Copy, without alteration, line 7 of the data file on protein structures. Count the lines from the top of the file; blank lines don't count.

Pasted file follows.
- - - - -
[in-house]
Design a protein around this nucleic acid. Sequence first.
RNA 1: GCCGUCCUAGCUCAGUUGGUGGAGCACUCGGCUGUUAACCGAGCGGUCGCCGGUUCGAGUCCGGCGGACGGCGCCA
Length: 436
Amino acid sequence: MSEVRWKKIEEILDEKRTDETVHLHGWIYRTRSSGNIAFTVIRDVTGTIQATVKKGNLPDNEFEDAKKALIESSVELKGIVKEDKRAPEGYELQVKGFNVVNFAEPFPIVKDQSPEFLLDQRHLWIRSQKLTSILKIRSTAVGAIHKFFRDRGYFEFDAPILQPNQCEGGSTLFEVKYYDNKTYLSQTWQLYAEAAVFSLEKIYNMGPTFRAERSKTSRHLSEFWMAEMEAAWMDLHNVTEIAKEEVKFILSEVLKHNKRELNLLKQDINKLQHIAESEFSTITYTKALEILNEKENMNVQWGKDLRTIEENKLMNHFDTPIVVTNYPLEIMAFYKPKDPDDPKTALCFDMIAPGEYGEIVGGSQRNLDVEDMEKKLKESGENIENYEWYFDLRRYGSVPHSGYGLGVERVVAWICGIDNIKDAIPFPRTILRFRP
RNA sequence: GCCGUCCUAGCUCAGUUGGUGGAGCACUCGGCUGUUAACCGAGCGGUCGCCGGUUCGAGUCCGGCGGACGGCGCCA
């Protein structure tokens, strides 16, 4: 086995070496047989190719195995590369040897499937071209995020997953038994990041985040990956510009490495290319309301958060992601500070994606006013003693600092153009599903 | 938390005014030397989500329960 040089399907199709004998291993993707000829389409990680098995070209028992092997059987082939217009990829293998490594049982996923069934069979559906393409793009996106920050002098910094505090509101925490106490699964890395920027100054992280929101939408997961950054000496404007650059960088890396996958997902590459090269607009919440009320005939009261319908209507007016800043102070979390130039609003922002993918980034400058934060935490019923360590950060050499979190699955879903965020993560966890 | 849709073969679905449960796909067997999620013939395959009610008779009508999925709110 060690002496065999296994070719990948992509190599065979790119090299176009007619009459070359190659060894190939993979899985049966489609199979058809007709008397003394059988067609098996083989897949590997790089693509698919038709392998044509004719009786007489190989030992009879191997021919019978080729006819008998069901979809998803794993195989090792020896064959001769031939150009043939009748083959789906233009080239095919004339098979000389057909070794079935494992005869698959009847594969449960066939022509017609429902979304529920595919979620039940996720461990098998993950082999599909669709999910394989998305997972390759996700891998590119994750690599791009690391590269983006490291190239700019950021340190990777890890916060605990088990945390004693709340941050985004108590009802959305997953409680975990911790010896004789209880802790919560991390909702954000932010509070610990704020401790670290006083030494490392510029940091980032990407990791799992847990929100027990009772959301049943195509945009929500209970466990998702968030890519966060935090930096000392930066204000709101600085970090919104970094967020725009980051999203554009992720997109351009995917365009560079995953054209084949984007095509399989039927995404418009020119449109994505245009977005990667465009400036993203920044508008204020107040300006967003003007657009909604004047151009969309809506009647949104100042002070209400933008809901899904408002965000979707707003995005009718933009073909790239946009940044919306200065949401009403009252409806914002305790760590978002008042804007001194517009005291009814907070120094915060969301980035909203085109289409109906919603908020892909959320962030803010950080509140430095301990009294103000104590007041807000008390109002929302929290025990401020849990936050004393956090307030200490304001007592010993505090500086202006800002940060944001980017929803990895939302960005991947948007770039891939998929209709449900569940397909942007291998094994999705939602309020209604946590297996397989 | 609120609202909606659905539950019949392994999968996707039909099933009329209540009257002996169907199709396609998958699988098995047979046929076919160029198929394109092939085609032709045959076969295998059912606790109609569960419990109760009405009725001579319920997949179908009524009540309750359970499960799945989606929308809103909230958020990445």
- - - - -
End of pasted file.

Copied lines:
């Protein structure tokens, strides 16, 4: 086995070496047989190719195995590369040897499937071209995020997953038994990041985040990956510009490495290319309301958060992601500070994606006013003693600092153009599903 | 938390005014030397989500329960 040089399907199709004998291993993707000829389409990680098995070209028992092997059987082939217009990829293998490594049982996923069934069979559906393409793009996106920050002098910094505090509101925490106490699964890395920027100054992280929101939408997961950054000496404007650059960088890396996958997902590459090269607009919440009320005939009261319908209507007016800043102070979390130039609003922002993918980034400058934060935490019923360590950060050499979190699955879903965020993560966890 | 849709073969679905449960796909067997999620013939395959009610008779009508999925709110 060690002496065999296994070719990948992509190599065979790119090299176009007619009459070359190659060894190939993979899985049966489609199979058809007709008397003394059988067609098996083989897949590997790089693509698919038709392998044509004719009786007489190989030992009879191997021919019978080729006819008998069901979809998803794993195989090792020896064959001769031939150009043939009748083959789906233009080239095919004339098979000389057909070794079935494992005869698959009847594969449960066939022509017609429902979304529920595919979620039940996720461990098998993950082999599909669709999910394989998305997972390759996700891998590119994750690599791009690391590269983006490291190239700019950021340190990777890890916060605990088990945390004693709340941050985004108590009802959305997953409680975990911790010896004789209880802790919560991390909702954000932010509070610990704020401790670290006083030494490392510029940091980032990407990791799992847990929100027990009772959301049943195509945009929500209970466990998702968030890519966060935090930096000392930066204000709101600085970090919104970094967020725009980051999203554009992720997109351009995917365009560079995953054209084949984007095509399989039927995404418009020119449109994505245009977005990667465009400036993203920044508008204020107040300006967003003007657009909604004047151009969309809506009647949104100042002070209400933008809901899904408002965000979707707003995005009718933009073909790239946009940044919306200065949401009403009252409806914002305790760590978002008042804007001194517009005291009814907070120094915060969301980035909203085109289409109906919603908020892909959320962030803010950080509140430095301990009294103000104590007041807000008390109002929302929290025990401020849990936050004393956090307030200490304001007592010993505090500086202006800002940060944001980017929803990895939302960005991947948007770039891939998929209709449900569940397909942007291998094994999705939602309020209604946590297996397989 | 609120609202909606659905539950019949392994999968996707039909099933009329209540009257002996169907199709396609998958699988098995047979046929076919160029198929394109092939085609032709045959076969295998059912606790109609569960419990109760009405009725001579319920997949179908009524009540309750359970499960799945989606929308809103909230958020990445």